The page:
Reads & Reactions

In fighting games there are 2 different terms used when referring to a player’s response to an action: reads and reactions. Both are integral skills to have in order to counter an enemy’s attacks.


A read, to simply put, is an educated guess on what your opponent is going to do next and countering it. In order to read your opponent, you must understand your opponent’s playstyle and habits. Paying close attention to your opponent’s actions throughout the match and their tendencies will allow you to better predict what they might do next in any given situation.

For example, if your opponent is using Jacqui Briggs they might throw out her Bionic Dash move, which is a forward-advancing high attack and is safe on block. In order to punish this move, you must duck underneath it then use a jab or uppercut. Since this move is very quick, it cannot be ducked on reaction and must be done on a read. If you are playing as Noob Saibot, you may notice that your opponent likes to use Bionic Dash after blocking a Spirit Ball. Because you know your opponent’s tendency to use Bionic Dash after every Spirit Ball, the read here would be to duck the next time your Spirit Ball is blocked.

Another example involves Erron Black and his Rattle Snake Slide move. Rattle Snake Slide is a quick, forward-advancing low attack that is -15 on block. You may notice that your opponent always walks back at the start of the match. If you read that your opponent will start to walk back, you can throw out Rattle Snake Slide at the beginning of the match as a counter. Since your opponent is walking backwards and not blocking low, the Rattle Snake Slide will hit. This is known as a hard read. A hard read is a read that has an extremely high risk while yielding very little reward.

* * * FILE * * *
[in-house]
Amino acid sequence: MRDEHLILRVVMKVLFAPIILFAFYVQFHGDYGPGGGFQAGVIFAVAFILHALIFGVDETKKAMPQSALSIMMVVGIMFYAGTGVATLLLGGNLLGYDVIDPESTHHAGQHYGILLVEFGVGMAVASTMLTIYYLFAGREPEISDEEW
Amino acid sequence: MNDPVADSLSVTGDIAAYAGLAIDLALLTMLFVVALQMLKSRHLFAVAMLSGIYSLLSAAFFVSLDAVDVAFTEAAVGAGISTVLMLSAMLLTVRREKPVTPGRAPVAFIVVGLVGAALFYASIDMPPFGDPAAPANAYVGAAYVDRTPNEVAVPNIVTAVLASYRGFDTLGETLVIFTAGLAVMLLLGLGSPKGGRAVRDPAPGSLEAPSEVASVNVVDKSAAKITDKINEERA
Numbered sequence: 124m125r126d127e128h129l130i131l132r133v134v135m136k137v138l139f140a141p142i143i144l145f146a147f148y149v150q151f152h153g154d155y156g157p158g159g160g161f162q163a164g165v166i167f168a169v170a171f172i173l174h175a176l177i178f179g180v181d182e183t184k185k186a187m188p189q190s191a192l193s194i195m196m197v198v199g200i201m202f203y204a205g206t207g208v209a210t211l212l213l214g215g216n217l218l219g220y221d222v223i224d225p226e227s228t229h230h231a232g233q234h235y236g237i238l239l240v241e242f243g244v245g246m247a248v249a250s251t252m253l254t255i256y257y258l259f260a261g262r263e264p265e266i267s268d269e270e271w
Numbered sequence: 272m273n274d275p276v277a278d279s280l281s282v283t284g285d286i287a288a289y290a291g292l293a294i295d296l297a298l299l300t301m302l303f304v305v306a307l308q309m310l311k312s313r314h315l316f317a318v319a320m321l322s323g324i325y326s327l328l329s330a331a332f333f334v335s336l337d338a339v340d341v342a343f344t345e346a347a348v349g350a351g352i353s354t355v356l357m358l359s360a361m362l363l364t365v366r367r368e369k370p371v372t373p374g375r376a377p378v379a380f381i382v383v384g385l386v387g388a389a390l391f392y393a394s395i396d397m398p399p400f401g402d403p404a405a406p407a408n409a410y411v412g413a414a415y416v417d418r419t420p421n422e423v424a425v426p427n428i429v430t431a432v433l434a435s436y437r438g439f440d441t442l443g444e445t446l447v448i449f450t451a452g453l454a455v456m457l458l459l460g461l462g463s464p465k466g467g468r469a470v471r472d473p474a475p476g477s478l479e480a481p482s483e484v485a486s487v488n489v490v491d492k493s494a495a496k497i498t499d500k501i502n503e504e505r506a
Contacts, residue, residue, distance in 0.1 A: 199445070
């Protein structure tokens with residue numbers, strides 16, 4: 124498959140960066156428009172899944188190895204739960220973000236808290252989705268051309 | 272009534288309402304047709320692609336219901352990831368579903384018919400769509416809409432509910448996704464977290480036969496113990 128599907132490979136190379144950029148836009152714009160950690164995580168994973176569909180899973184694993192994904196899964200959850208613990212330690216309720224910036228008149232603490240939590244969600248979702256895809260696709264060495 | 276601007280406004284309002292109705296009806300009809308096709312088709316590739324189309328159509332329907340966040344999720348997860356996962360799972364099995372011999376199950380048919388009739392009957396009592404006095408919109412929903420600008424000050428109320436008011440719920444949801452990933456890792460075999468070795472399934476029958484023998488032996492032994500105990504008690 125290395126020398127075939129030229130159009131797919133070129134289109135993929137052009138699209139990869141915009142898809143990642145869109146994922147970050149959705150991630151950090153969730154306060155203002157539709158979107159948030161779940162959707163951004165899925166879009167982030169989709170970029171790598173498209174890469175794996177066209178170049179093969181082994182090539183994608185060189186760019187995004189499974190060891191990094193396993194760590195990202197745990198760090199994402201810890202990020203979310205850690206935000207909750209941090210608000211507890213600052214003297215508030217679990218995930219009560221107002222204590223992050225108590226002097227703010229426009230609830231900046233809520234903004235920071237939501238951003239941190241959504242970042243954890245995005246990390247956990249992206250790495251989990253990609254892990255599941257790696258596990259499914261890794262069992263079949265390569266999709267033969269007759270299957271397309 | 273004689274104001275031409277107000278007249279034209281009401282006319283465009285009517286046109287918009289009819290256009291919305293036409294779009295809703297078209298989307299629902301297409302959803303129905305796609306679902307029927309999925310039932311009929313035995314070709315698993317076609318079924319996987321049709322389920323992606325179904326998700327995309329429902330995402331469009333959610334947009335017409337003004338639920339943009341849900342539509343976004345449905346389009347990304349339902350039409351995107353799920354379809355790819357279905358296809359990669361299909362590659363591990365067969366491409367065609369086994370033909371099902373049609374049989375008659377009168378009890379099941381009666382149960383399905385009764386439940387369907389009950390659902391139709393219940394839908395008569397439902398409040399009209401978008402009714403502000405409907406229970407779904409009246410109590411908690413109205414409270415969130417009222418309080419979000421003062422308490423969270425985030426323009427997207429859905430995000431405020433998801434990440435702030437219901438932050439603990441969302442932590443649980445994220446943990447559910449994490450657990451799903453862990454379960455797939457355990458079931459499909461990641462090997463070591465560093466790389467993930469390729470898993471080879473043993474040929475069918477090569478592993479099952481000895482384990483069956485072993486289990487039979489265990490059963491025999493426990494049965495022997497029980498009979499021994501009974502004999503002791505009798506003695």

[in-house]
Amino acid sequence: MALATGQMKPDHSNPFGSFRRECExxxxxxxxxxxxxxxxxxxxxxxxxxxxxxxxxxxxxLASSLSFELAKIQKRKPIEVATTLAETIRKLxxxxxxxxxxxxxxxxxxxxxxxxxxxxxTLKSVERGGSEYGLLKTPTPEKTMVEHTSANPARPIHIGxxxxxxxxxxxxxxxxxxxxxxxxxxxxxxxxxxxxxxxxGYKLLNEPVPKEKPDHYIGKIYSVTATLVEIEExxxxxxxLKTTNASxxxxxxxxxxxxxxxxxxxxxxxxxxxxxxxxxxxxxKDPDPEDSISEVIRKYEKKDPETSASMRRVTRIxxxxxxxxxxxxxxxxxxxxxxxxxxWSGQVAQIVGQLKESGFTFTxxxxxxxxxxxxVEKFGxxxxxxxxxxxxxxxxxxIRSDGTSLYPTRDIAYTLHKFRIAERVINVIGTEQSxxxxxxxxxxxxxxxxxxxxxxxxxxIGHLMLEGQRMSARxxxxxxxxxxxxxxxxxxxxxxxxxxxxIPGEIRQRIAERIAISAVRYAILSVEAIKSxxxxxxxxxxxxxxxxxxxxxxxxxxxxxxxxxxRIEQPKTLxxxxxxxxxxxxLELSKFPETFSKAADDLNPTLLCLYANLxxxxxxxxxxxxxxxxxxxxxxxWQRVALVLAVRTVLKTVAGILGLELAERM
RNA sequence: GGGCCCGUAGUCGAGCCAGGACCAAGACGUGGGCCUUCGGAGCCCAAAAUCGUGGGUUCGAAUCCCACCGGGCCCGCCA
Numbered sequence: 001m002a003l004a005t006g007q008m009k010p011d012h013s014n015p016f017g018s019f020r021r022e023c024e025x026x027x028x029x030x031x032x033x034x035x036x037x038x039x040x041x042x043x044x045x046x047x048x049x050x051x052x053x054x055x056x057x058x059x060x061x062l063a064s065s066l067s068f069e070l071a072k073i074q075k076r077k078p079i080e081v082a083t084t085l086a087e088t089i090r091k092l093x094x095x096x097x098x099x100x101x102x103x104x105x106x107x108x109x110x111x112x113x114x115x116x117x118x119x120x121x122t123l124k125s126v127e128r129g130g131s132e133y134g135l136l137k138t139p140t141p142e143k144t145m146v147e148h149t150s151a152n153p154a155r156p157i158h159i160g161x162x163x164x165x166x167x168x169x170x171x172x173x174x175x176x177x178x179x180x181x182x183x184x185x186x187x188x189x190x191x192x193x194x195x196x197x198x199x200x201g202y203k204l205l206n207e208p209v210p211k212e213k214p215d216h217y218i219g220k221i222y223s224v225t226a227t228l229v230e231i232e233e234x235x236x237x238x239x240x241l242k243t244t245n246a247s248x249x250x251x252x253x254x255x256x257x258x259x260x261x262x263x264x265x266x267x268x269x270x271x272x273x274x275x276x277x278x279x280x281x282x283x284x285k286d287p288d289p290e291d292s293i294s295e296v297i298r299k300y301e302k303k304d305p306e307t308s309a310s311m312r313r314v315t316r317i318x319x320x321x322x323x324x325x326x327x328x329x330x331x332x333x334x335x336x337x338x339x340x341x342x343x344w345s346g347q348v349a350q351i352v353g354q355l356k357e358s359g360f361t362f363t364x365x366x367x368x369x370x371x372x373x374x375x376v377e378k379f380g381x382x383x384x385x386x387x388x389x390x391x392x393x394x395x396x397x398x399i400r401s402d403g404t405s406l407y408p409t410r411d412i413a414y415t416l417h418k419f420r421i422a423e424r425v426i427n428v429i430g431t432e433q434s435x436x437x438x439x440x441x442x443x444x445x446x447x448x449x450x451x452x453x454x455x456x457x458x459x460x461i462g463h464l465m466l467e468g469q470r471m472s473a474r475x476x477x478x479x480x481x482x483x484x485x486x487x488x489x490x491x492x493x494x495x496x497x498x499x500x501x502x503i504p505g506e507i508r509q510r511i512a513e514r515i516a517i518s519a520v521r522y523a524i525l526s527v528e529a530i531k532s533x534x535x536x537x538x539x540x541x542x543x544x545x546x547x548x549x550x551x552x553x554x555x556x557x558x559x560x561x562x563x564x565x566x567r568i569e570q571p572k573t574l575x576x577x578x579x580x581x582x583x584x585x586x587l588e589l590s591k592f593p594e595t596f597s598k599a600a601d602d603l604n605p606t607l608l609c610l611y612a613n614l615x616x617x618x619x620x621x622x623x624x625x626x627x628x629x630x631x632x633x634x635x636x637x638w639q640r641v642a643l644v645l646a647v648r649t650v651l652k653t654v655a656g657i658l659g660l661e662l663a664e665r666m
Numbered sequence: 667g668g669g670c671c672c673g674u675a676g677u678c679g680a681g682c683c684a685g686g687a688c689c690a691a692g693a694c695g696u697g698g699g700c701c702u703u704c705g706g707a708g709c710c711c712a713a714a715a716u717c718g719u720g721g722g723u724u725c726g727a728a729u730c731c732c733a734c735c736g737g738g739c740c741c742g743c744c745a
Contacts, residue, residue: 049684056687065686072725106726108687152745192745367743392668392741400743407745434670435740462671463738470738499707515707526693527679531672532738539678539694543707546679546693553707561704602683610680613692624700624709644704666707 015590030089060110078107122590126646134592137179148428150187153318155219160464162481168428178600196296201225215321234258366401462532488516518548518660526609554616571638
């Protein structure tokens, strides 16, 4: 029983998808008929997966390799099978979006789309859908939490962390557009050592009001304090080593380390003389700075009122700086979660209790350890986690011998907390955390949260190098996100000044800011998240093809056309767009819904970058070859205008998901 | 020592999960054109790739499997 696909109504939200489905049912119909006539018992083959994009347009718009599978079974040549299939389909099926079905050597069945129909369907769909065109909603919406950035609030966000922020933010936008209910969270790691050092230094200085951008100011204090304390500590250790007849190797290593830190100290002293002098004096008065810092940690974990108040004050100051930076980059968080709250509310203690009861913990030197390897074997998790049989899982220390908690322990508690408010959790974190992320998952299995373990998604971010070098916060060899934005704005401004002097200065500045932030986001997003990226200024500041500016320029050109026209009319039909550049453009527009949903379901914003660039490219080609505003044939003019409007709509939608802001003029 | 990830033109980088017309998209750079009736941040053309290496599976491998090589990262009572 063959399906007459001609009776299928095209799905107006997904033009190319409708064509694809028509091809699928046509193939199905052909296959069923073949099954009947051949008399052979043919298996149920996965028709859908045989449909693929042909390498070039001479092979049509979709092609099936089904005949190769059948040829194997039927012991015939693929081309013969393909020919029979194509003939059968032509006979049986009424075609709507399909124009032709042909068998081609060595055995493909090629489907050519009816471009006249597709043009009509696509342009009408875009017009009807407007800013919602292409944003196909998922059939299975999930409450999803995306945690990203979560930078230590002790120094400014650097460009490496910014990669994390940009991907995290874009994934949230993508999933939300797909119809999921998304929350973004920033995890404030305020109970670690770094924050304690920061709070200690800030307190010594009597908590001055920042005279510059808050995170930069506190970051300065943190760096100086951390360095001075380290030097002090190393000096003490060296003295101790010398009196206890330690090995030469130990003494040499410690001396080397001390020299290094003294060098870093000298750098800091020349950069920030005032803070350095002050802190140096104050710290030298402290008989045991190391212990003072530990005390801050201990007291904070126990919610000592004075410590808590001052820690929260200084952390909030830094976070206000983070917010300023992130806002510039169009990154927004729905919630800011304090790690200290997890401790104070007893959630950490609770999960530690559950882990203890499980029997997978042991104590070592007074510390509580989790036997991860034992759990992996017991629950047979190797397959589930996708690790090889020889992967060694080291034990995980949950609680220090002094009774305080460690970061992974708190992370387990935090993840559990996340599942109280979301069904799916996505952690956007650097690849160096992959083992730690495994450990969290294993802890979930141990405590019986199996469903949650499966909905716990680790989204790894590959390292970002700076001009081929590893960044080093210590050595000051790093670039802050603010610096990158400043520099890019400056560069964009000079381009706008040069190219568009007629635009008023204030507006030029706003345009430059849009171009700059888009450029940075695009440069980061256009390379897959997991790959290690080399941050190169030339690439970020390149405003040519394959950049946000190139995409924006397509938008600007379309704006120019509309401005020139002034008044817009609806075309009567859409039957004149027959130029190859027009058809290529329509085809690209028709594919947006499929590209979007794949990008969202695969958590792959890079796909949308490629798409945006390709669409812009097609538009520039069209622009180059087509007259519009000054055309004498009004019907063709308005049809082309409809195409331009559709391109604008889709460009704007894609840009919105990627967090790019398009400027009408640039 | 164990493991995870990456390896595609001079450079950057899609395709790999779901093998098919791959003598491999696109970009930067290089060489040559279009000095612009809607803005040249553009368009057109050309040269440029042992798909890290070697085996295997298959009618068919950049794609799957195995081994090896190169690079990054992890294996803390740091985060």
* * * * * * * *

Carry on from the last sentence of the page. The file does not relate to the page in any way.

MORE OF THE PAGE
Reactions are different from reads in that you are not making an educated guess, but instead reacting to your opponent in a certain situation. Reacting is done by waiting for your opponent to use a specific move and performing an action in response to that move. The average start-up of a move that can be reacted to is roughly 16 frames (though this number may vary depending on the player). This means that any attack that has a start-up of 16 frames or greater can be reacted to.

For example, if your opponent is using Jade they might use her Forward+2, which is a slow 28 frame overhead, and mix it up with her Edenian Spark, which is a 20 frame low projectile. The start-up of Jade’s Forward+2 is much greater than 16 frames, meaning it can be blocked high on reaction. In Mortal Kombat 11, most overheads are slow on start-up and can be reacted to, so it’s usually best to block low in case the opponent uses a low attack then block high on reaction to the overhead.

Keep in mind that if you are focused on reacting to a specific attack, you will be vulnerable to other forms of offense such as jump attacks and throws. Reacting to a single move becomes much more difficult if your opponent adds in other attacks. In order to properly defend against your opponent, you will want to use a combination of both reads and reactions. By successfully reading an opponent, you will be able to better predict their next attack and react accordingly.

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